Mbuf errors

Eric Anderson anderson at centtech.com
Wed Nov 24 11:17:07 PST 2004

Akhthar Parvez. K wrote:
> Hi All,
> Mysql service is going down continously in my system due to lack of memory 
> space.
> I checked the messages log and found the following error message.
> All mbuf clusters exhausted, please see tuning(7).
> I have no idea about mbuf cluster. Can anyone please help me to fix the issue.
> I hope the information below will help you.
> Following is the output of netstat -m
> 3797/14672/26624 mbufs in use (current/peak/max):
>         3791 mbufs allocated to data
>         2 mbufs allocated to fragment reassembly queue headers
>         4 mbufs allocated to socket names and addresses
> 3704/6656/6656 mbuf clusters in use (current/peak/max)
> 16980 Kbytes allocated to network (85% of mb_map in use)
> 106522 requests for memory denied
> 1545 requests for memory delayed
> 0 calls to protocol drain routines
> Please let me know if you need more info regarding this.
> Thank you in advance. 

This isn't really security related, more performance related, so I'm 
moving it to that list (freebsd-performance@).

The answer to your question is right in your email!  In the tuning man 
page, it says:

      kern.ipc.nmbclusters may be adjusted to increase the number of network
      mbufs the system is willing to allocate.  Each cluster represents 
      imately 2K of memory, so a value of 1024 represents 2M of kernel 
      reserved for network buffers.  You can do a simple calculation to 
      out how many you need.  If you have a web server which maxes out 
at 1000
      simultaneous connections, and each connection eats a 16K receive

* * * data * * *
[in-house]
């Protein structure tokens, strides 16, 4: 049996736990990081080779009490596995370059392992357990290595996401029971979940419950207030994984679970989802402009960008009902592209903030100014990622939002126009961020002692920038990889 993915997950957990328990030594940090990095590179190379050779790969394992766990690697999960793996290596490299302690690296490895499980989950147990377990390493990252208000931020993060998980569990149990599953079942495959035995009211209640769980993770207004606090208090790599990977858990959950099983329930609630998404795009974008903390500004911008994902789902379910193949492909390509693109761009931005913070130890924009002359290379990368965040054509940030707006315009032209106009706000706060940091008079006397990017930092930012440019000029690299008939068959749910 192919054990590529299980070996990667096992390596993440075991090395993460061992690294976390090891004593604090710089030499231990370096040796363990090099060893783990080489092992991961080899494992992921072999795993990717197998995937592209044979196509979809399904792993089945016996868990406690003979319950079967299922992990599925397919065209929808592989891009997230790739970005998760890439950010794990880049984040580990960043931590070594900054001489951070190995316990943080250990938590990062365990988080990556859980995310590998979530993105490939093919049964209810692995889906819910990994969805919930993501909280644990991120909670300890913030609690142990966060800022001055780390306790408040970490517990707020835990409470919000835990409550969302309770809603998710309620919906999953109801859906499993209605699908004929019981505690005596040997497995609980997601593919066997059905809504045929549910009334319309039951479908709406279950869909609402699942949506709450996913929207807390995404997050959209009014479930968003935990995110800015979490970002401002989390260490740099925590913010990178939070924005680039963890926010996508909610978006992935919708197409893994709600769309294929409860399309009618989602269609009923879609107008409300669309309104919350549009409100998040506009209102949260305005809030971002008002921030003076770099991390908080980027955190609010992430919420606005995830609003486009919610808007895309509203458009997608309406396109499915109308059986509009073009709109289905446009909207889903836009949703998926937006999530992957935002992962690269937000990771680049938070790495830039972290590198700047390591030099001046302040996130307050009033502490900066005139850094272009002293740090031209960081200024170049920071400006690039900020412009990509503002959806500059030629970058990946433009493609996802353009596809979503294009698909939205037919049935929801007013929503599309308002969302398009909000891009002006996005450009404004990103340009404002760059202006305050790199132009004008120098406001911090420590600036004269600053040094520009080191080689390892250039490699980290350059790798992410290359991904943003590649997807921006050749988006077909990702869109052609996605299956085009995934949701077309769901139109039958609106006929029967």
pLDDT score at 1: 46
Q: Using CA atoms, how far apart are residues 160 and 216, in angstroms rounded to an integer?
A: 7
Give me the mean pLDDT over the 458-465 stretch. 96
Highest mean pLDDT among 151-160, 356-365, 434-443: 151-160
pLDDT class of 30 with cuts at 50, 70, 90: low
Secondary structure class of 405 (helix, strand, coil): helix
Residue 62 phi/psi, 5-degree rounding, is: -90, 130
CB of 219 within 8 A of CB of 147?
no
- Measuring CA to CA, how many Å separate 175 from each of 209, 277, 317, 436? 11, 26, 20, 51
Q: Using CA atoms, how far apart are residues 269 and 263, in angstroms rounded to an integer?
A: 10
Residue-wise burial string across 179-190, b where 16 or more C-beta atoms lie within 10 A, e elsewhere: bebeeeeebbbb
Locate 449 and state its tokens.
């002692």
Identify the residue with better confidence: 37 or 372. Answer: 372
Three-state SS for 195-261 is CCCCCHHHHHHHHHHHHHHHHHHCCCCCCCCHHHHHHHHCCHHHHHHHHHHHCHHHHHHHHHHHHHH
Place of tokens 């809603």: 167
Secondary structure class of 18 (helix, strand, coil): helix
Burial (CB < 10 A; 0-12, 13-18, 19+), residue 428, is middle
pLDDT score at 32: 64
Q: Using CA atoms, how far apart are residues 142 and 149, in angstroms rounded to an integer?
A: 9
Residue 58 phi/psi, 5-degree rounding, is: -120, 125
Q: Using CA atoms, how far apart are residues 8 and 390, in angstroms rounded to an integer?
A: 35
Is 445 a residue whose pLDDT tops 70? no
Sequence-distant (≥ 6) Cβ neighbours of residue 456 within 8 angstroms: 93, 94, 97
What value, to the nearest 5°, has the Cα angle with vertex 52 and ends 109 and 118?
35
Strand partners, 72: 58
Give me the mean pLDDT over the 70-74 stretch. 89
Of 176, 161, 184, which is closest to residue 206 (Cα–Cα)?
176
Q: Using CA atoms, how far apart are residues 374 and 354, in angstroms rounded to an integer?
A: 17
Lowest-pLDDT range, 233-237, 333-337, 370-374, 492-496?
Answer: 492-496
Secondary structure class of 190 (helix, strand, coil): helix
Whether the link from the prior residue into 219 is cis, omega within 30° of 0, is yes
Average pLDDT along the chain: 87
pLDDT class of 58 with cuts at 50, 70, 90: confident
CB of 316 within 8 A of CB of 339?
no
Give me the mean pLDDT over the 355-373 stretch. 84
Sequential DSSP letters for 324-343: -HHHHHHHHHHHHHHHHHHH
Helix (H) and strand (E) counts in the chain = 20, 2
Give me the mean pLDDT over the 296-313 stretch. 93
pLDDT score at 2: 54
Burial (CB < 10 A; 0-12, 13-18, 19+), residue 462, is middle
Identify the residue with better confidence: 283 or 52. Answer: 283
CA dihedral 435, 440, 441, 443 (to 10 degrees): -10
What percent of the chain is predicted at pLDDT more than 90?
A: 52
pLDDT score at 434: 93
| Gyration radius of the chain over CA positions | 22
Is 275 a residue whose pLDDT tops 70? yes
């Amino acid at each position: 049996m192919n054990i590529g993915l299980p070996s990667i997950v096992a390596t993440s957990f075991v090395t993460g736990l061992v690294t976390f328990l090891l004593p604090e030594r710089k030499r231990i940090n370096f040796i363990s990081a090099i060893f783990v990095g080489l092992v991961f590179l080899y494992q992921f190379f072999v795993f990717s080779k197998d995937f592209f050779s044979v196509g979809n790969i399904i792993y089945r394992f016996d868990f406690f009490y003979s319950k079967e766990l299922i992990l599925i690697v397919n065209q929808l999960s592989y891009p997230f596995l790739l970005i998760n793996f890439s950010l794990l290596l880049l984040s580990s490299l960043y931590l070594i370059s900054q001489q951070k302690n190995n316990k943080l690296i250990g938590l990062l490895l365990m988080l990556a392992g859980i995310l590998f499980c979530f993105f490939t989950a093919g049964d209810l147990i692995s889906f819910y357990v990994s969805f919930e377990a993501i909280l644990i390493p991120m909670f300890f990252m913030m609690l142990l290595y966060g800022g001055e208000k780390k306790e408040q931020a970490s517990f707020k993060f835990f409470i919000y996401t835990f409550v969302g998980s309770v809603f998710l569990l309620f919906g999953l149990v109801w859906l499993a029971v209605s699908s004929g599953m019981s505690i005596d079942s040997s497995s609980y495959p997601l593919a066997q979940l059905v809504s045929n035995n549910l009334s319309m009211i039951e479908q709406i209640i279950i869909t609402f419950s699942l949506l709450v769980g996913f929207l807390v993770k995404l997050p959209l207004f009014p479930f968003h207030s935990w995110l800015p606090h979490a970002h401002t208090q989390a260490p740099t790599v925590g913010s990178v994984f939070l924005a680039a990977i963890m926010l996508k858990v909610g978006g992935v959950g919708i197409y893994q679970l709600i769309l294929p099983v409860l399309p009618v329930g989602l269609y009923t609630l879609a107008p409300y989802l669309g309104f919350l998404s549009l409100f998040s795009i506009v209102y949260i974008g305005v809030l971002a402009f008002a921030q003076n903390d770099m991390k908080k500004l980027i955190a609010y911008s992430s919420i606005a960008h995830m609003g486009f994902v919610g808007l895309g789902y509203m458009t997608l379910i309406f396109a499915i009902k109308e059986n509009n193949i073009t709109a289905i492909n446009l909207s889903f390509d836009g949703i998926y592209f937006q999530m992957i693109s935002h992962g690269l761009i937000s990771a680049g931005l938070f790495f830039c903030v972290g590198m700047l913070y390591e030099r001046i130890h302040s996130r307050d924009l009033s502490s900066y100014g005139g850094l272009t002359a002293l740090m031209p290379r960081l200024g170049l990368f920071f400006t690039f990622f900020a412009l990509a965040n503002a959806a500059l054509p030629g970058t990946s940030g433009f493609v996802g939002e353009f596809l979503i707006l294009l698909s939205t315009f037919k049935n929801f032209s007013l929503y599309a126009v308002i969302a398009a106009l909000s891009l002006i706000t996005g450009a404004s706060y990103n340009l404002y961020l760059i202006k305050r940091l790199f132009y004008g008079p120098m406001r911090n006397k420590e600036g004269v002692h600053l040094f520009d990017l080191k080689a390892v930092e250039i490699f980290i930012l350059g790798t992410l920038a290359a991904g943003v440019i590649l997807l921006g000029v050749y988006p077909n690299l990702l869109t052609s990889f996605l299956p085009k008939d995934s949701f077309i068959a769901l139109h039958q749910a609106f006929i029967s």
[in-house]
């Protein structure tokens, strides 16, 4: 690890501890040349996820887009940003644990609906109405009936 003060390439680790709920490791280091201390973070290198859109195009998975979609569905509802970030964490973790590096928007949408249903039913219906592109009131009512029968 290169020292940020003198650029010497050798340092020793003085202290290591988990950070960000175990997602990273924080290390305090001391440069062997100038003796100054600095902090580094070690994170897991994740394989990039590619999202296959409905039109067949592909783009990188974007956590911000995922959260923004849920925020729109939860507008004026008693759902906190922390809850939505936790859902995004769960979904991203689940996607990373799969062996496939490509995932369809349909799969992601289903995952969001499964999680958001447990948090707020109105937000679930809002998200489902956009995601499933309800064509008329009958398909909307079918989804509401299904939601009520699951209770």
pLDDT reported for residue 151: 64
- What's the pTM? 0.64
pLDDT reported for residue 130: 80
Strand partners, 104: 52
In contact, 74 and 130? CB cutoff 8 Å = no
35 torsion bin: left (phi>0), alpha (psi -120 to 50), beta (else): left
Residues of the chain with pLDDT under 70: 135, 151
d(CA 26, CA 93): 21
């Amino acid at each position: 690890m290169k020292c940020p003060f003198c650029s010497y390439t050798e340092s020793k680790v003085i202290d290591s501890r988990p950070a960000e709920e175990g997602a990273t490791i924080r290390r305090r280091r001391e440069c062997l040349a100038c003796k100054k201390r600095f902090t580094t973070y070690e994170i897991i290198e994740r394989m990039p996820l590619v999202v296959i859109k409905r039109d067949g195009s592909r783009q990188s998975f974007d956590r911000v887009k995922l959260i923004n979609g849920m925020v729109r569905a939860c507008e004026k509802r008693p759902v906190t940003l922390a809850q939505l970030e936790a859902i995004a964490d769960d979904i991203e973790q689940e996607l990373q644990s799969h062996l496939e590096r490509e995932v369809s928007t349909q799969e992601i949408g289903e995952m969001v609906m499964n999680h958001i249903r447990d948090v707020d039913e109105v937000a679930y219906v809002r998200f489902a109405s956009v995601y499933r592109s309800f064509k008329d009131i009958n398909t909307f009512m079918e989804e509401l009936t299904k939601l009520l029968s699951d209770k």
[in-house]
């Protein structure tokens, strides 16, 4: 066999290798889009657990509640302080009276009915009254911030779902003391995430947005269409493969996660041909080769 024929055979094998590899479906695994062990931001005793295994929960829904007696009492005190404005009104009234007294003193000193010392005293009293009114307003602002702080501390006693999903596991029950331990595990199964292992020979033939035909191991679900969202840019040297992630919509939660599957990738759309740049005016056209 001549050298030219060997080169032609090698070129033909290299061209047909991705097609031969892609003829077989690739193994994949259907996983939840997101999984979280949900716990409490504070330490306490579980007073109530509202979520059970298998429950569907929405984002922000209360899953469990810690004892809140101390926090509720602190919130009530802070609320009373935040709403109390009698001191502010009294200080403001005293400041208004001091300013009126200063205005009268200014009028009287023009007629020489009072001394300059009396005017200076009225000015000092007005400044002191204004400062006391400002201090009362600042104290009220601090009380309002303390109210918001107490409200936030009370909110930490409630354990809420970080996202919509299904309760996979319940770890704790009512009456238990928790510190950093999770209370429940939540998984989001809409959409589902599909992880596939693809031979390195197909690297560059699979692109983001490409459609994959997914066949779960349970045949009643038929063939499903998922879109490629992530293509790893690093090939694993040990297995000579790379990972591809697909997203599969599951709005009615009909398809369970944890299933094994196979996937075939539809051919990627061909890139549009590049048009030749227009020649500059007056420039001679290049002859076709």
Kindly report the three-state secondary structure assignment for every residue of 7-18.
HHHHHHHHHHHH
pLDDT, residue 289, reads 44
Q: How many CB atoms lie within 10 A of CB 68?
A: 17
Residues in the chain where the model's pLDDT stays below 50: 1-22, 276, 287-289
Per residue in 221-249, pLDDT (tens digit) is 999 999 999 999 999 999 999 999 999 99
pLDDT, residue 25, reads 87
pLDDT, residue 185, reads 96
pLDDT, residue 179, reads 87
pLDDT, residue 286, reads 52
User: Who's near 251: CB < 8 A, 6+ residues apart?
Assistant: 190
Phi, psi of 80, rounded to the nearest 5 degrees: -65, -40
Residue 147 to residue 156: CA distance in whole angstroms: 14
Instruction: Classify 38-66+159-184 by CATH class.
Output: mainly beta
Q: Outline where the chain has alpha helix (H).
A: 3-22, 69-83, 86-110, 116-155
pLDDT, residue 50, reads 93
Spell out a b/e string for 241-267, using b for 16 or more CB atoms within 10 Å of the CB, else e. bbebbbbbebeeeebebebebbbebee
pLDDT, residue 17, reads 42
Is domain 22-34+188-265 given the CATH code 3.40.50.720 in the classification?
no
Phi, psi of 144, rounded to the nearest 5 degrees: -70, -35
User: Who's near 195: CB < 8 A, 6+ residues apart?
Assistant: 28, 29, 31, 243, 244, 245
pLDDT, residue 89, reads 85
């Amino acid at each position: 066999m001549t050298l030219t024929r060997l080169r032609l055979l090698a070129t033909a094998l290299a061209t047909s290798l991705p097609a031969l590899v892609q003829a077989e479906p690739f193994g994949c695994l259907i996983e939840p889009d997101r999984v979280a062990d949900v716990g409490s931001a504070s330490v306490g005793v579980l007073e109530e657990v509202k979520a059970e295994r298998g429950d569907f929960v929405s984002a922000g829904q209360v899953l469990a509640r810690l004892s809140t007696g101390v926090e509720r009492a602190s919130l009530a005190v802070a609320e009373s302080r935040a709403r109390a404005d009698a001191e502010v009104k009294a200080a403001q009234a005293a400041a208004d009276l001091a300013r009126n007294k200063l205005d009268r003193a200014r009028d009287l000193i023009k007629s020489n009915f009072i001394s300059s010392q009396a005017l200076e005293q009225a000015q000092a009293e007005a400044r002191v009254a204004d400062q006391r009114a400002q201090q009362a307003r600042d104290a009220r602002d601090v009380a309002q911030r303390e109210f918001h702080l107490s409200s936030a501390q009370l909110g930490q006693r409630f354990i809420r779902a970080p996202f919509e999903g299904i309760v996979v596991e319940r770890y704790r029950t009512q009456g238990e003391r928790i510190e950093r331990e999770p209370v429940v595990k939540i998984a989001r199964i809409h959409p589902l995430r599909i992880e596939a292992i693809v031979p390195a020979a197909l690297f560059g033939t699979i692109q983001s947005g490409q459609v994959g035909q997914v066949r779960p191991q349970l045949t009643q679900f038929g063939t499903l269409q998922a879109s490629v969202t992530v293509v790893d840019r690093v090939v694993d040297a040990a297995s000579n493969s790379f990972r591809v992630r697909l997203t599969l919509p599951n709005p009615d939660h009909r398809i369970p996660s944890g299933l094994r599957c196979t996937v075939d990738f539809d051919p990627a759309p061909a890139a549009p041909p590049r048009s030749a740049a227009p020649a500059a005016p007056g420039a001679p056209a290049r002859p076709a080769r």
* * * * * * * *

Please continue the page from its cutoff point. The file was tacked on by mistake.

and 16K
      send buffer, you need approximately 32MB worth of network buffers 
to deal
      with it.  A good rule of thumb is to multiply by 2, so 32MBx2 = 
64MB/2K =
      32768.  So for this case you would want to set kern.ipc.nmbclusters to
      32768.  We recommend values between 1024 and 4096 for machines 
with mod-
      erates amount of memory, and between 4096 and 32768 for machines with
      greater amounts of memory.  Under no circumstances should you 
specify an
      arbitrarily high value for this parameter, it could lead to a 
      crash.  The -m option to netstat(1) may be used to observe network 
      ter use.  Older versions of FreeBSD do not have this tunable and 
      that the kernel config(8) option NMBCLUSTERS be set instead.

      More and more programs are using the sendfile(2) system call to 
      files over the network.  The kern.ipc.nsfbufs sysctl controls the 
      of file system buffers sendfile(2) is allowed to use to perform 
its work.
      This parameter nominally scales with kern.maxusers so you should 
not need
      to modify this parameter except under extreme circumstances.  See the
      TUNING section in the sendfile(2) manual page for details.

So basically you need to use sysctl to adjust (increase) the 
kern.ipc.nmbclusters number.


Eric Anderson        Sr. Systems Administrator        Centaur Technology
When in doubt, mumble; when in trouble, delegate; when in charge, ponder

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